Marx's 'Capital' (4th edition)

Marx's 'Capital' (4th edition)

Ben Fine, Alfredo Saad-Filho

Language: English

Pages: 217

ISBN: 0745336035

Format: PDF / Kindle (mobi) / ePub

This brilliantly concise book is a classic introduction to Marx’s key work, Capital. In print now for over a quarter of a century, and previously translated into many languages, the new edition has been fully revised and updated, making it an ideal modern introduction to one of the most important texts in political economy.The authors cover all central aspects of Marx’s economics. They explain the structure of Marx’s analysis and the meaning of the key categories in Capital, showing the internal coherence of Marx’s approach. Marx’s method and terminology are explored in detail, with supporting examples. Short chapters enable the meaning and significance of Marx’s main concepts to be grasped rapidly, making it a practical text for all students of social science. Discussing Capital’s relevance today, the authors consider Marx’s impact on economics, philosophy, history, politics and other social sciences. Keeping abstract theorising to a minimum, this readable introduction highlights the continuing relevance of Marx’s ideas in the light of the problems of contemporary capitalism.

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anticipating favourable returns when none is forthcoming and, when fresh credit is used to pay for maturing obligations, the overexpansion of accumulation could create conditions of economic crisis. Finally, uncertainty becomes even greater when trading in money itself takes place, creating a class of money dealers only loosely connected to production and trade. Trading in money and money-related instruments is likely to lead to destabilising speculation and fraud, creating further uncertainty

to be at the forefront now (although it is available if required) because labour is deeply tied to capital and appears as if it always has been and always will be. This extremely brief account explains the origins of the capitalist relations of production. By the seventeenth Accumulation of Capital 77 Fine 01 chap1 15/10/03 18:47 Page 78 century the first enclosure movement (another was to follow in the eighteenth century) had been completed, creating a landless labouring class as well as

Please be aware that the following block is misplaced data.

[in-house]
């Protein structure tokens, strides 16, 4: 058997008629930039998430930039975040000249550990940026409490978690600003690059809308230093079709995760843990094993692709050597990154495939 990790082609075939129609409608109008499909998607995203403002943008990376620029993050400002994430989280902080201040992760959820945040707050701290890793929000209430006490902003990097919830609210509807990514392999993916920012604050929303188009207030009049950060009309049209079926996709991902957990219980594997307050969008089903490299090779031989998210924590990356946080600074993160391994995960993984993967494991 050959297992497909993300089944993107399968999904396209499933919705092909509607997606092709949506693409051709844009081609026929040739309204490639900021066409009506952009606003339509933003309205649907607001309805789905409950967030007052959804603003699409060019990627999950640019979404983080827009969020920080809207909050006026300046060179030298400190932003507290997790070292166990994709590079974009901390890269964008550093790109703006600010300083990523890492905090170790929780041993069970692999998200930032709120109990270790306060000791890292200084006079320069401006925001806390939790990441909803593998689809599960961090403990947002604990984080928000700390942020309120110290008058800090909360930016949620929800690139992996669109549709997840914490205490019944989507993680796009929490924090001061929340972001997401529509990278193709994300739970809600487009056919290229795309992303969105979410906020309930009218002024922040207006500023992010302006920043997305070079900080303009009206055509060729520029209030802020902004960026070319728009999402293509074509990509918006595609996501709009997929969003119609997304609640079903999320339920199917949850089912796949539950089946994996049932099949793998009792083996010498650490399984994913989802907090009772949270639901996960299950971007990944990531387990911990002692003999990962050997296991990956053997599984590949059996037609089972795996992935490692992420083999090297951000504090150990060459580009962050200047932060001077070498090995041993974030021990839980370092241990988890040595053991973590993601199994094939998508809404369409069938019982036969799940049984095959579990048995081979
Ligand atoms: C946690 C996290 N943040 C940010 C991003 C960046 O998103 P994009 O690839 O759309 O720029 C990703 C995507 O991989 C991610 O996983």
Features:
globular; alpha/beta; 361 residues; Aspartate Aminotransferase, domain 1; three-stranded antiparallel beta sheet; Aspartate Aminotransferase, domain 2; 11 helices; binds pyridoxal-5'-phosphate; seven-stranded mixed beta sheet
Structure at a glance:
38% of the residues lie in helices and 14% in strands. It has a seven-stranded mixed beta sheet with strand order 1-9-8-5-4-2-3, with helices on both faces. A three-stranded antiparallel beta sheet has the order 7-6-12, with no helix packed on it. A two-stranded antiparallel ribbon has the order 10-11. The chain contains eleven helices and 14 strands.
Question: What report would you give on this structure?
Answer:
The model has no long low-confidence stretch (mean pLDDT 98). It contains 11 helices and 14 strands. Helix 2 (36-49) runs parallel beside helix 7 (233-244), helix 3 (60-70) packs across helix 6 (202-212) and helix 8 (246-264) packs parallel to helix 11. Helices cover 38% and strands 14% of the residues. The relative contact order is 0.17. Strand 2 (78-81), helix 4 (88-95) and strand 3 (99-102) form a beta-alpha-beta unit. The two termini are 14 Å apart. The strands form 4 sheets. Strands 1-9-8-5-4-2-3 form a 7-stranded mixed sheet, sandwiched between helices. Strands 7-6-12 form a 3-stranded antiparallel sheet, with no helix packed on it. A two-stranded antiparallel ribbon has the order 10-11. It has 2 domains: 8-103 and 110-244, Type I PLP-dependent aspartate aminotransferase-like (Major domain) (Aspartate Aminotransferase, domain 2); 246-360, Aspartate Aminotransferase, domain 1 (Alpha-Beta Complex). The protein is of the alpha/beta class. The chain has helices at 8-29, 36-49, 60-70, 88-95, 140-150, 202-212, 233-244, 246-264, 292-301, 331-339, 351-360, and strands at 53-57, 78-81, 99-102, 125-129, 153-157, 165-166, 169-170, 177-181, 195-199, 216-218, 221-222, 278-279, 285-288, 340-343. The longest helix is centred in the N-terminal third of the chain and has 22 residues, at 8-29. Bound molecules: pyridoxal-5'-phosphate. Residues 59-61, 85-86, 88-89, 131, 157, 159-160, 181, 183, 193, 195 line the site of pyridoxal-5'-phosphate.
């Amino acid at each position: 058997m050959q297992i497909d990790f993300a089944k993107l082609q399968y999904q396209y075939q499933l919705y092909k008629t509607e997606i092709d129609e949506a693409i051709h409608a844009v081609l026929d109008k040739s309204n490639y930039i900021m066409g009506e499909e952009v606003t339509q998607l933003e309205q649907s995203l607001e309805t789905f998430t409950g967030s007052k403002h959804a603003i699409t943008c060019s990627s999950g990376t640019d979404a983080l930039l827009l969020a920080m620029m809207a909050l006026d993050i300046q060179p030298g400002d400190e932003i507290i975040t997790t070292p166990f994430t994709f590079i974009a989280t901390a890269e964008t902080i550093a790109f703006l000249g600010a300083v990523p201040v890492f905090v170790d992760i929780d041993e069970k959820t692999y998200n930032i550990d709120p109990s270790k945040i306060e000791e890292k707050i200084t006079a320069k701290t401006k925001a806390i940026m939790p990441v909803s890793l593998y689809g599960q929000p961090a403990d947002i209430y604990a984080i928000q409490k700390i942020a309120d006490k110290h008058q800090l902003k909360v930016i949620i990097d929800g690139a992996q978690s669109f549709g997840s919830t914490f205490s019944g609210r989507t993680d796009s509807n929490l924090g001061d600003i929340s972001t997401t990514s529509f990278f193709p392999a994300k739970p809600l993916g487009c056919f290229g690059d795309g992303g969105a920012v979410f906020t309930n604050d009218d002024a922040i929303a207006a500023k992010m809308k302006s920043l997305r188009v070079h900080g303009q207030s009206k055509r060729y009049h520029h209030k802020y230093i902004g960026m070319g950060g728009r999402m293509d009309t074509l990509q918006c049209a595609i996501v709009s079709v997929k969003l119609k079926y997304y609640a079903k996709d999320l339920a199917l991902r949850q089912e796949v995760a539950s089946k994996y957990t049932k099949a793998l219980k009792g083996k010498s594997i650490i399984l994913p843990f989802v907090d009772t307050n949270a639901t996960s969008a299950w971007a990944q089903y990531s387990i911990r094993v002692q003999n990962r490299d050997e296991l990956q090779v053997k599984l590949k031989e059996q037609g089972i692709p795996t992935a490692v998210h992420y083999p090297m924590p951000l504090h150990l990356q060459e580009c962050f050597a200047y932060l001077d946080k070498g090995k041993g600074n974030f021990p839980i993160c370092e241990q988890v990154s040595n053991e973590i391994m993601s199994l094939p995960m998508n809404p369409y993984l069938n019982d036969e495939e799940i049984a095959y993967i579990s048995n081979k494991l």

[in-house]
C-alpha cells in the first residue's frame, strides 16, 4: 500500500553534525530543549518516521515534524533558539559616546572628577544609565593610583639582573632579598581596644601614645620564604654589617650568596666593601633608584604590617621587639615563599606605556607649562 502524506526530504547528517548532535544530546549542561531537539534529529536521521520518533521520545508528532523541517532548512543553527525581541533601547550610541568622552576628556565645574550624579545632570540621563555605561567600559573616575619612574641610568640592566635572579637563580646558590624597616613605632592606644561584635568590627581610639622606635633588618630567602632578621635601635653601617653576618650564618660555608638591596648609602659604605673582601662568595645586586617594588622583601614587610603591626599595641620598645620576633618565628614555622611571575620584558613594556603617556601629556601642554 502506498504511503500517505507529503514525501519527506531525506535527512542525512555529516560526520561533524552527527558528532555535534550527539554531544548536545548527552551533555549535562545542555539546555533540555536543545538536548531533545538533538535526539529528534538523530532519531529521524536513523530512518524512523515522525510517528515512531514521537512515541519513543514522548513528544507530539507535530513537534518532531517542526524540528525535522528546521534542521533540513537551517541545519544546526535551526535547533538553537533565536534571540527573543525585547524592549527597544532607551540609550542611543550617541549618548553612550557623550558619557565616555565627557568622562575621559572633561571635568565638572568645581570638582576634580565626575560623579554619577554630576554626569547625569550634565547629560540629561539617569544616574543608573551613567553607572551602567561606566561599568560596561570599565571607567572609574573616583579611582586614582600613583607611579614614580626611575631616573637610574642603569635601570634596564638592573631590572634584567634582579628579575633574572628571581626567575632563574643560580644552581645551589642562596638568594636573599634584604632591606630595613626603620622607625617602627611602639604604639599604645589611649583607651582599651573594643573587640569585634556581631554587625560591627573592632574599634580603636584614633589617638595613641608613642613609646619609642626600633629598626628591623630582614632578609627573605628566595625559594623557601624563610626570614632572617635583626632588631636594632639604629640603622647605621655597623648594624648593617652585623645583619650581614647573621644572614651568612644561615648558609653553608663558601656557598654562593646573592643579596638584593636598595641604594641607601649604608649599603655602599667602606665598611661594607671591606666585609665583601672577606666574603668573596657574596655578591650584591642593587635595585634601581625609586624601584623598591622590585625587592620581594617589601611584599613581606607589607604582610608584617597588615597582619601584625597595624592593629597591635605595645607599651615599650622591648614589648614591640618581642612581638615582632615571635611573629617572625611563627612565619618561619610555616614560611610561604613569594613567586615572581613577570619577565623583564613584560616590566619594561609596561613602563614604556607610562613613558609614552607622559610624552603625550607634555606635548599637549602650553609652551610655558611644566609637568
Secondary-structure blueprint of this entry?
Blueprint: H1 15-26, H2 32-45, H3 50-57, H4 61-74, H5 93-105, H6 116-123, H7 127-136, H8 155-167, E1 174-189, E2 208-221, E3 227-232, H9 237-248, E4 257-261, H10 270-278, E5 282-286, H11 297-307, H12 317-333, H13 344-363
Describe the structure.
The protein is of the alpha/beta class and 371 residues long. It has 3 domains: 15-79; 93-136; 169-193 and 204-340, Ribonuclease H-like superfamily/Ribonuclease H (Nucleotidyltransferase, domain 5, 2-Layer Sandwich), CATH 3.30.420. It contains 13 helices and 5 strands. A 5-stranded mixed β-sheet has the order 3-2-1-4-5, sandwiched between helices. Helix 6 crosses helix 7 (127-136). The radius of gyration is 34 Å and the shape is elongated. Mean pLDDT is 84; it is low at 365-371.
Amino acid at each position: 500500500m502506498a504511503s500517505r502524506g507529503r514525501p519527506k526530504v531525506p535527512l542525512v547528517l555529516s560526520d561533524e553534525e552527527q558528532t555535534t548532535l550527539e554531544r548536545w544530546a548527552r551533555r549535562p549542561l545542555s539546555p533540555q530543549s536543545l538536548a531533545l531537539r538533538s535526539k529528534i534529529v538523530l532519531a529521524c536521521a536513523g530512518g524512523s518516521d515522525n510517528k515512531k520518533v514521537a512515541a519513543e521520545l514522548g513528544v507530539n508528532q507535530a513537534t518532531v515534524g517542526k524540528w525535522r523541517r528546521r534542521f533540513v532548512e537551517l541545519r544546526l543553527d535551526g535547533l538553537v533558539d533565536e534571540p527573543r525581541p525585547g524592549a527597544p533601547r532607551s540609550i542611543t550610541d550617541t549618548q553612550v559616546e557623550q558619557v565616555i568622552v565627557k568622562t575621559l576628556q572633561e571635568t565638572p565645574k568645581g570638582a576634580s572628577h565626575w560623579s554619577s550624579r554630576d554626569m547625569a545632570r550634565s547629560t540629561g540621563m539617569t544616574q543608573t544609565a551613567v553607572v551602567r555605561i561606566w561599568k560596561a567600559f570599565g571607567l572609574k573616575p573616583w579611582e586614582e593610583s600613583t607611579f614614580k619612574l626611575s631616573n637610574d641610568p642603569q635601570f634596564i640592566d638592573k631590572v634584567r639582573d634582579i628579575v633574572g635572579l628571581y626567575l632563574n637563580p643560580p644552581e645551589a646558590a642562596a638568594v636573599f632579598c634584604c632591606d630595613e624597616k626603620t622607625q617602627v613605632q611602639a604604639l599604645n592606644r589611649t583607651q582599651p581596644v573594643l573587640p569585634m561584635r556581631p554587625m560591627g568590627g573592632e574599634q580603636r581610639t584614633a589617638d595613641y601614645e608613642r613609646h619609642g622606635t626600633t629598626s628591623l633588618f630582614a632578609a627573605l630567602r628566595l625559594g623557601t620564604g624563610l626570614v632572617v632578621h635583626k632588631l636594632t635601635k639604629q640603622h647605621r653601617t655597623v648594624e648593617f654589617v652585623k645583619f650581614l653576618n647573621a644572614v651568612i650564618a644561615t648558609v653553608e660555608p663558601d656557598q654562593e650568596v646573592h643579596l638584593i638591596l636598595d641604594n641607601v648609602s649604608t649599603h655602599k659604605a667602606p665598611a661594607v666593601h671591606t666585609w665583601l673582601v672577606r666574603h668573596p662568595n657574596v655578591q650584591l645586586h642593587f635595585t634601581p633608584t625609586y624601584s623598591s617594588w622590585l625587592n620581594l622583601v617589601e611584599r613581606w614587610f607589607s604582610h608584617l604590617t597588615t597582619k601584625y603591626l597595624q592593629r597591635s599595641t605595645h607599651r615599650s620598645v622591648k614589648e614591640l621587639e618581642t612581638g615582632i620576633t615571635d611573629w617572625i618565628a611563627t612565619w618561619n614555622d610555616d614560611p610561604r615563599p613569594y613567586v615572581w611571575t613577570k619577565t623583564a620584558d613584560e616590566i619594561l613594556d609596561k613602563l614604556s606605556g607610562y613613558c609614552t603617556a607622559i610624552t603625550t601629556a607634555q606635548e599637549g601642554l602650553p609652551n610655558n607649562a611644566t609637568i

disproportions – overproduction in one sector, underproduction in another – are just as likely to occur within the consumption and investment goods sectors as between the two as aggregates. In all this, it is possible to confuse a crisis of disproportionality in which consumption goods are in excess supply with a crisis of underconsumption. The latter will be characterised by a general overproduction of commodities and the simultaneous development of excess industrial capacity, which must be

solution to this problem in material conditions. Human consciousness is critical in Marx’s thought, but it can only be understood in relation to historical, social and material circumstances. In this way, Marx establishes a close relationship between dialectics and history, which would become a cornerstone of his own method. Consciousness is primarily determined History and Method 3 Fine 01 chap1 15/10/03 18:47 Page 4 by material conditions but these themselves evolve dialectically

chapter 9). Marx’s recognition that historical analysis belongs within the method of study (history and logic are inseparable) is not a concession to empiricism; it merely acknowledges the fact that a shifting reality cannot be reduced to, let alone determined by, a system of concepts. Fourth, materialist dialectics identifies the key concepts, structures, relationships and levels of analysis required for the explanation of the concrete, or more complex and specific outcomes. In Capital, Marx

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